Well, first of all, we have a great reporter, Paula Newton, in [Ottawa]. But during the pandemic, I started paying more attention to ancestry.com. Like I told you, my mom is from Winnipeg, and I knew I had relatives in Canada. But I started exploring my family tree and I found a branch that I didn't even know existed. It's complicated.

So I found these Canadian cousins, including this great musician named Nic Dyson. We started emailing and texting, and I started talking about visiting Winnipeg and seeing them.

And I became aware that your vaccine program — usually in the United States, we look to Canada and think, "Man, they have their act together so much better than we do." … This story was different because I have these elderly cousins in their 80s who still hadn't been vaccinated and didn't know when they were going to be able to.

I asked Paula, "What's going on? How come my relatives can't get vaccinated?" It's a complicated story. But anyway, we had Paula do a story, and I made some errant comment [that] this was not the Trudeau government's finest hour or something along those lines. And boy, did I hear from people. So yes, I tweeted a little bit about it. 

You heard from the Canadians, didn't you?

Well, I put to rest any myth that Canadians are always polite.

Thanks for coming on.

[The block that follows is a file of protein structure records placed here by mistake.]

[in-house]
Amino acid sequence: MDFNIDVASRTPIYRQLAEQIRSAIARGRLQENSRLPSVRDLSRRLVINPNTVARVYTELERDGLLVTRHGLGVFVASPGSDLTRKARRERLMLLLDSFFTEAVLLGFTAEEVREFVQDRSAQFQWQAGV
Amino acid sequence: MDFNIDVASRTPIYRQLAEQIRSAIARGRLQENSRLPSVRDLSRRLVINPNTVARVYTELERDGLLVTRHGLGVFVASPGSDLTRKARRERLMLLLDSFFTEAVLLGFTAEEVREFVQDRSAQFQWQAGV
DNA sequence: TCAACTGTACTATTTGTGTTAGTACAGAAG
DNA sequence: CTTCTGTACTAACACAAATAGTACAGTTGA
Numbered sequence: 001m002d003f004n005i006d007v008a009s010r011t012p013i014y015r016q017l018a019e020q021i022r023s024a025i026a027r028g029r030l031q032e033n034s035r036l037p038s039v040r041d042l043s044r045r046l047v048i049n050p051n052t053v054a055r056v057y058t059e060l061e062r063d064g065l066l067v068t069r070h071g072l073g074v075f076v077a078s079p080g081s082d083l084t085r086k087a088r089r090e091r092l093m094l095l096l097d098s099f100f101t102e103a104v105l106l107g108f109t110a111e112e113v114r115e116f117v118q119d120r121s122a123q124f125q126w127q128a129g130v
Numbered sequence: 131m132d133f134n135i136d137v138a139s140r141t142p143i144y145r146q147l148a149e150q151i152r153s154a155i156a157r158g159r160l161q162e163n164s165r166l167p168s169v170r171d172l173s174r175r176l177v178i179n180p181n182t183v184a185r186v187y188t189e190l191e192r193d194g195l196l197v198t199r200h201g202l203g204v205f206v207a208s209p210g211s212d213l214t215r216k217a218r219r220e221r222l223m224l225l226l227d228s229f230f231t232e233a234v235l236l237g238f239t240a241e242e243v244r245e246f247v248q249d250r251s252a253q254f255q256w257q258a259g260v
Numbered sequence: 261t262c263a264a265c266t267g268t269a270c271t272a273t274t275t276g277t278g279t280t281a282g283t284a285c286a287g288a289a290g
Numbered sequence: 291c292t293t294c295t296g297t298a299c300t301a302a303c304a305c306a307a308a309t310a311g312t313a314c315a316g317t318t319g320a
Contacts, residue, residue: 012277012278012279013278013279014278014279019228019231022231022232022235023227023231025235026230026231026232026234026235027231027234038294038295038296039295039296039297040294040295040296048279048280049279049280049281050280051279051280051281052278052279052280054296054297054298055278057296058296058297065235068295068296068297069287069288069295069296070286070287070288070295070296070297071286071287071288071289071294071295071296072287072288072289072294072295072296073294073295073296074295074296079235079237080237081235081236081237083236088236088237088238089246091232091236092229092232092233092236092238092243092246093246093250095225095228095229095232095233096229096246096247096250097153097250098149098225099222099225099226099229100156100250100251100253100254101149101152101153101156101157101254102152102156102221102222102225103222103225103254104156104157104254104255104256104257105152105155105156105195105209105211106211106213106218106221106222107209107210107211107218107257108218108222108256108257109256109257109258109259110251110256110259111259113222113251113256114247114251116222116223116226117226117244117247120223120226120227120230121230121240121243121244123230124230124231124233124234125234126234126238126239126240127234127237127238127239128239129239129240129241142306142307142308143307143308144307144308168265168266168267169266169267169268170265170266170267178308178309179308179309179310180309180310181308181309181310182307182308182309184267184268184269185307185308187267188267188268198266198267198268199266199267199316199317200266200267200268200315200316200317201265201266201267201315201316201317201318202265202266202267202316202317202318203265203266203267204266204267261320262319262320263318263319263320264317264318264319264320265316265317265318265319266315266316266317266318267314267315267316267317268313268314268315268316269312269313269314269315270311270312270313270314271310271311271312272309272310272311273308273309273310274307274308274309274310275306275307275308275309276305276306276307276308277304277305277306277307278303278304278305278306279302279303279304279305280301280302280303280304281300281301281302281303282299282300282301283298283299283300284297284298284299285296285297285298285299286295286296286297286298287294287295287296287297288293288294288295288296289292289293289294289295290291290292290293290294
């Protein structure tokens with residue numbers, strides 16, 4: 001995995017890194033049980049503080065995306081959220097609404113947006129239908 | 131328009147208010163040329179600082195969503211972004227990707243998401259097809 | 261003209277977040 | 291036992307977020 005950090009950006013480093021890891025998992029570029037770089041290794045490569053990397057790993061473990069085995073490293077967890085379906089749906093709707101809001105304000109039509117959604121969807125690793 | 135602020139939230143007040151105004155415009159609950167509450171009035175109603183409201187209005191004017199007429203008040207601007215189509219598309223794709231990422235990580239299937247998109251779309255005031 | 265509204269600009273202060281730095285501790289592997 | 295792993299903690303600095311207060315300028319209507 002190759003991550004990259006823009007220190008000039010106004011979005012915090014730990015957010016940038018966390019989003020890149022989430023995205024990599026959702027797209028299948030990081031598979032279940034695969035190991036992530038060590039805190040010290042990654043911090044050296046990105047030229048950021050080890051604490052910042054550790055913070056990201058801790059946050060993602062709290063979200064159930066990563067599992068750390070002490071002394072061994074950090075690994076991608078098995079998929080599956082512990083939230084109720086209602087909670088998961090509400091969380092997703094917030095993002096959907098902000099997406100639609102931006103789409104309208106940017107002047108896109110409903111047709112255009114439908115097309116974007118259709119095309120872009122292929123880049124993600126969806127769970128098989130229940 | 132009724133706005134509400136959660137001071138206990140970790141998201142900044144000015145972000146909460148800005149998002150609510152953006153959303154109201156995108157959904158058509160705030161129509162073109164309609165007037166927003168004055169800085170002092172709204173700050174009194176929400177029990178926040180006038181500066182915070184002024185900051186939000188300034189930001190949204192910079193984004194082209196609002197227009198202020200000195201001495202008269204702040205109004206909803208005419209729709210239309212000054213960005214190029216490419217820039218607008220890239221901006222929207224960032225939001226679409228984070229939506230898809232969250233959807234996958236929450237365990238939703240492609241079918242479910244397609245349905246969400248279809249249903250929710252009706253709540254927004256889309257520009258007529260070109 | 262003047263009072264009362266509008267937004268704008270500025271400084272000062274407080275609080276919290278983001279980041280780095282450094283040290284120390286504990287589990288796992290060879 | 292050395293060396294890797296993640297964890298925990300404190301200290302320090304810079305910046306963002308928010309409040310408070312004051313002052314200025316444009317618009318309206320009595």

Oh, it's my pleasure. It's always great to be here. Thank you so much.

Written by Vivian Rashotte. Interview produced by Jane van Koeverden. Q&A edited for length and clarity.


To encourage thoughtful and respectful conversations, first and last names will appear with each submission to CBC/Radio-Canada's online communities (except in children and youth-oriented communities). Pseudonyms will no longer be permitted.

By submitting a comment, you accept that CBC has the right to reproduce and publish that comment in whole or in part, in any manner CBC chooses. Please note that CBC does not endorse the opinions expressed in comments. Comments on this story are moderated according to our Submission Guidelines. Comments are welcome while open. We reserve the right to close comments at any time.

Become a CBC Member

Join the conversationCreate account

Already have an account?